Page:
Utilizing the Depth Highlight feature on the LakeMaster chart view of his Humminbird ONIX 10ci SI, Ehrler found his best fish in the 18 – 25 foot zone. “I’d zoom out my map, run down the lake and pull up on what I thought looked good. LakeMaster made dialing into the right areas incredibly fast.”

He continues: “I’ve been a fan of LakeMaster mapping since the start. What I see via LakeMaster is better than anything out there. Plus, I can highlight what I want to highlight and make the map do what I want it to do, especially for offshore fishing. You can find fish faster by running to those colors.”

Ehrler credits the Humminbird ONIX for helping him take his game to the next level.  “Overall, the ONIX is better and more clear than anything I’ve ever used. The 2D sonar has the best picture and clarity I’ve ever seen.”

He adds that the latest 2.300 software update has taken performance through the roof, including the GPS, which he says is  “super clear and very true.”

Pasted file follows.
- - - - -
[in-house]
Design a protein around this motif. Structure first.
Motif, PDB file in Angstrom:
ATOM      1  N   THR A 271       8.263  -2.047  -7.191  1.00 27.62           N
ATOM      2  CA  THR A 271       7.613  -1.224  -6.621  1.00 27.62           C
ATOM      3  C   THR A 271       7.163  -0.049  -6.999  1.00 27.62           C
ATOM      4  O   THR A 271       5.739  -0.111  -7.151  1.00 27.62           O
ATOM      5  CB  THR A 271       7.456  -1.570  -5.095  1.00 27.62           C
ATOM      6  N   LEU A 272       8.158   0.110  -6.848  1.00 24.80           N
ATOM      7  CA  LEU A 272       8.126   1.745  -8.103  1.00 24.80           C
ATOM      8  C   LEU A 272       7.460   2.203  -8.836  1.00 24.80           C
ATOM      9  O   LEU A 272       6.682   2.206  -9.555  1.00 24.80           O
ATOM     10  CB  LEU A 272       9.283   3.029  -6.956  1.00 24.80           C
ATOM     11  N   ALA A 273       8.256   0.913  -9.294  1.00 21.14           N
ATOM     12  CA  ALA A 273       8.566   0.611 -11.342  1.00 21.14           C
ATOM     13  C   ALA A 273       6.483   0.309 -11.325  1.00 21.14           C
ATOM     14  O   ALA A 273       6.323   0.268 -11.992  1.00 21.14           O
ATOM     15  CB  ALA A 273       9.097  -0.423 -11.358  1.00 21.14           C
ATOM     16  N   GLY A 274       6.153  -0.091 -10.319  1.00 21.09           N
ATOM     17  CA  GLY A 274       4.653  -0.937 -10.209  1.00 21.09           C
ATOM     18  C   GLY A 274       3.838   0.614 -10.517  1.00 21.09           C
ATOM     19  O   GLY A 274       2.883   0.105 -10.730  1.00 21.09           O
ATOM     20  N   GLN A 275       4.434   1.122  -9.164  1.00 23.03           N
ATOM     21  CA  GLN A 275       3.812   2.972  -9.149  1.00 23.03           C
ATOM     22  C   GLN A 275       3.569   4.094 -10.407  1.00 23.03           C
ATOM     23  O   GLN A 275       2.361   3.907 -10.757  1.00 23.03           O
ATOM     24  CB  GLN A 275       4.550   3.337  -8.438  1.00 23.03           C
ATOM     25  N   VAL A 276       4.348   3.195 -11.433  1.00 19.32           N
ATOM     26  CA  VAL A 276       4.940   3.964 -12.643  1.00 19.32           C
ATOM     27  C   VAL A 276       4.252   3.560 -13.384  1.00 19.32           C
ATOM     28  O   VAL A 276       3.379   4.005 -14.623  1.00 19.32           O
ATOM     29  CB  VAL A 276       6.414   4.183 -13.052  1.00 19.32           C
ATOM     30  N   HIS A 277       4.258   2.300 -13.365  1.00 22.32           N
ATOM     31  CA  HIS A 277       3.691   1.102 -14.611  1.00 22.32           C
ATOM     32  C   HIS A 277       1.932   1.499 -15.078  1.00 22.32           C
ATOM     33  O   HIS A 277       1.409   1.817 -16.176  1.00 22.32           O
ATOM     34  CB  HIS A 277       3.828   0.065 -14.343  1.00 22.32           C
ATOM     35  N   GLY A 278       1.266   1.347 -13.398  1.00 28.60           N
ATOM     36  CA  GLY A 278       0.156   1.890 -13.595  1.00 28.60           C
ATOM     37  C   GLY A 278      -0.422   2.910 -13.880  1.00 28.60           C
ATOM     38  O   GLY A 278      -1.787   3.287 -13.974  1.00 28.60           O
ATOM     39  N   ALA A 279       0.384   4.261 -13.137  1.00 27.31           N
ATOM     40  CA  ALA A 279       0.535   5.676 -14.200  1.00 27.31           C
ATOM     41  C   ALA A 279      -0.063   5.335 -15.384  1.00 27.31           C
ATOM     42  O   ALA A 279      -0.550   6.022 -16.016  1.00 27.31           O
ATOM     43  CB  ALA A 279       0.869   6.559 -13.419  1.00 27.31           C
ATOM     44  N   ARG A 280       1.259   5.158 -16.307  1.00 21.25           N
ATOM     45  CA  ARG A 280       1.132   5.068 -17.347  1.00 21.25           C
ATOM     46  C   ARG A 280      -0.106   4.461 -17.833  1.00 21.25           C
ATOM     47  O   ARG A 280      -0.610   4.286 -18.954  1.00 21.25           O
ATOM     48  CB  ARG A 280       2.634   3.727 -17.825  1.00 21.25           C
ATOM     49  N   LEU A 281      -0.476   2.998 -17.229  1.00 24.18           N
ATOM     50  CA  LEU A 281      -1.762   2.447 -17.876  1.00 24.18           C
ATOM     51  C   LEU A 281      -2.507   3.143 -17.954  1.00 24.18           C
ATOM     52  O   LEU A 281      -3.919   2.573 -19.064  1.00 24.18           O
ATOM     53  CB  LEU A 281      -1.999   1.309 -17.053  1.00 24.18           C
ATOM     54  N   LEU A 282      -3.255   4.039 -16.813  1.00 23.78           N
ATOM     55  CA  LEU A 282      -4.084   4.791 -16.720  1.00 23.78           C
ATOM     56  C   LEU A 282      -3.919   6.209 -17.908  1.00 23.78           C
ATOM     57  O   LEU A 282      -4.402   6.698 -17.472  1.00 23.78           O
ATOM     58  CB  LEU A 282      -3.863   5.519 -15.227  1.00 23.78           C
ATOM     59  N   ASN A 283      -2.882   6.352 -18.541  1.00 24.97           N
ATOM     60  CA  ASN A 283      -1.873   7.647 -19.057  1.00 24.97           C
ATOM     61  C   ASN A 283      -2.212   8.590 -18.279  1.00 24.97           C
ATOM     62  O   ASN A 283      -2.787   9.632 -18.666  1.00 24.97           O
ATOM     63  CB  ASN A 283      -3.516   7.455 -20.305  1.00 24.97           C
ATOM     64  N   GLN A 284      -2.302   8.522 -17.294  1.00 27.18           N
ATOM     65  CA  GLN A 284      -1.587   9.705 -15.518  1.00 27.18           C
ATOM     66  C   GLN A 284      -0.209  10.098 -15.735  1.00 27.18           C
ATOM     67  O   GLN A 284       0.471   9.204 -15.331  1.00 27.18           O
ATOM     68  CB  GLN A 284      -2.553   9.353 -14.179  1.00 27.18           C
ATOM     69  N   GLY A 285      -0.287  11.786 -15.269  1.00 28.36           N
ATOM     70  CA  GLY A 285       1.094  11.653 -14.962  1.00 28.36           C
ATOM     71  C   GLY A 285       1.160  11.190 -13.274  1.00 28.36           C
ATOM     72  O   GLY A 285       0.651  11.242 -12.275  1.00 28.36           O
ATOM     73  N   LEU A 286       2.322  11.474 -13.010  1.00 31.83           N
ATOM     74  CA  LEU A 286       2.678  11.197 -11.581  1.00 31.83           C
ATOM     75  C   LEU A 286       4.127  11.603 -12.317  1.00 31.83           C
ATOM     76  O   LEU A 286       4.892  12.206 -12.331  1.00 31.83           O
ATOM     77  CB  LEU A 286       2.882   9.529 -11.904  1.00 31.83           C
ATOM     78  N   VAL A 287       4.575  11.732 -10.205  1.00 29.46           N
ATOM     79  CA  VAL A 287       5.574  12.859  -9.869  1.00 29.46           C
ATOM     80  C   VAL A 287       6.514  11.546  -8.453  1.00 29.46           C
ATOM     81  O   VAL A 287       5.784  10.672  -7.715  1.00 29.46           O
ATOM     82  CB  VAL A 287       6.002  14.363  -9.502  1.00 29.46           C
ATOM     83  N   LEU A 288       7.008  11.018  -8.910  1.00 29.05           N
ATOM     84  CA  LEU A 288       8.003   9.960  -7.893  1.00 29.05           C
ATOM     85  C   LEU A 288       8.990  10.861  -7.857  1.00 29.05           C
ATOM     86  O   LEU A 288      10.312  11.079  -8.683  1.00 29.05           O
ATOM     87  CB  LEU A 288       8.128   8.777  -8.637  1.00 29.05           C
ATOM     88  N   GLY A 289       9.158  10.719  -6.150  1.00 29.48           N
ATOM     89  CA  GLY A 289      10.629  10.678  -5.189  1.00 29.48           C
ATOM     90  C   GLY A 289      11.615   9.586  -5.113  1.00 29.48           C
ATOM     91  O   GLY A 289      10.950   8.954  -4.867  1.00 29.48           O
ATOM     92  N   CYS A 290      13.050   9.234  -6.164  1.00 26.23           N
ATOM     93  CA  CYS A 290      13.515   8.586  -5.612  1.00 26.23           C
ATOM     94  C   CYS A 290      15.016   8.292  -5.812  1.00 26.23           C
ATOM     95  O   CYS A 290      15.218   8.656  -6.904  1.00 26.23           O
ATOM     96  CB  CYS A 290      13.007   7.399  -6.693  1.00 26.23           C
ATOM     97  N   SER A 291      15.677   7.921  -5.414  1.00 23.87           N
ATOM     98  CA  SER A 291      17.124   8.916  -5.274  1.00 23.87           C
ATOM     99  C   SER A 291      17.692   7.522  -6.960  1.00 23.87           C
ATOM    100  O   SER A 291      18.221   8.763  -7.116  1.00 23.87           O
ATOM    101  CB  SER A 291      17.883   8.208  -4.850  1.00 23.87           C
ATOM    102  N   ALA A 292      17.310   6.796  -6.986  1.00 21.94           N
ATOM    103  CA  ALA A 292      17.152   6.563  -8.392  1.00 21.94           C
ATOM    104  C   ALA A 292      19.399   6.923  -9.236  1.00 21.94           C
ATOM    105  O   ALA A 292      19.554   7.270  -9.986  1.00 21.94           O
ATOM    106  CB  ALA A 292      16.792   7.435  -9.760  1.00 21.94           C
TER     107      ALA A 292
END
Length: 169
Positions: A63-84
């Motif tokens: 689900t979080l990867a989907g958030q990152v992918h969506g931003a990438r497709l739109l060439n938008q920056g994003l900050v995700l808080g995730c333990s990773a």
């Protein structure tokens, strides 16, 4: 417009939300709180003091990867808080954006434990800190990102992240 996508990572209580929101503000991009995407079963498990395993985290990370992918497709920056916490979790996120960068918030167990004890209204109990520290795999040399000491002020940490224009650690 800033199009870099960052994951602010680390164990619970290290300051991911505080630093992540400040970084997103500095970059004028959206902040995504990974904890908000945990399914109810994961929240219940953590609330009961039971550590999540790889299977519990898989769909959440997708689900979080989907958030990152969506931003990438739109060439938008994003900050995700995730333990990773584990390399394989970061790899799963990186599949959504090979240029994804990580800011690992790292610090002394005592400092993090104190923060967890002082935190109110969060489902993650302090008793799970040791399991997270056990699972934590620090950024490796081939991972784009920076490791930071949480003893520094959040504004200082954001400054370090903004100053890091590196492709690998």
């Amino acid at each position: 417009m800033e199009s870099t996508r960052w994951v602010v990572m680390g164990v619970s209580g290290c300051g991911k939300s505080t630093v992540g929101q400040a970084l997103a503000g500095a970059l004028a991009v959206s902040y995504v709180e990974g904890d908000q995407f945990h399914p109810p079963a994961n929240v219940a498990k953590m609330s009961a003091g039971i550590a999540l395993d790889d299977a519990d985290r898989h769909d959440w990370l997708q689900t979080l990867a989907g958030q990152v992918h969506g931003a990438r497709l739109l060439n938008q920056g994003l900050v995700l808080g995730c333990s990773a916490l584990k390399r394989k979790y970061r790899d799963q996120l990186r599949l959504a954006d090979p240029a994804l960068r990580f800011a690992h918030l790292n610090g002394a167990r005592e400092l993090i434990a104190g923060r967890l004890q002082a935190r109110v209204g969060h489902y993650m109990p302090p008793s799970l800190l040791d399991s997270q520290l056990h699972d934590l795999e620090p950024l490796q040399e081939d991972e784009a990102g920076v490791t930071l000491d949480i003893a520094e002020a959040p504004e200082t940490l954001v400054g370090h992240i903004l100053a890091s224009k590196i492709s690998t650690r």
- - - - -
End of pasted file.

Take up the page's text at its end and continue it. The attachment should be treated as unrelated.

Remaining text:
“I really relied on the GPS during the TTBBC. I had to stay true on my spots. I would judge my distances with casting rings on 1199, but then the boat would blow a bit, yet I knew exactly where I was by watching my trail on my ONIX’s LakeMaster map. I knew exactly where I needed to cast.”

Those familiar with Ehrler know that Humminbird 2D sonar and Down Imaging are integral to his “video gaming” techniques for vertical-fishing deep-water structure and cover. He footnotes this technique when talking about the new ONIX transducer, which has dedicated crystals for Down Imaging, Side Imaging and 2D sonar.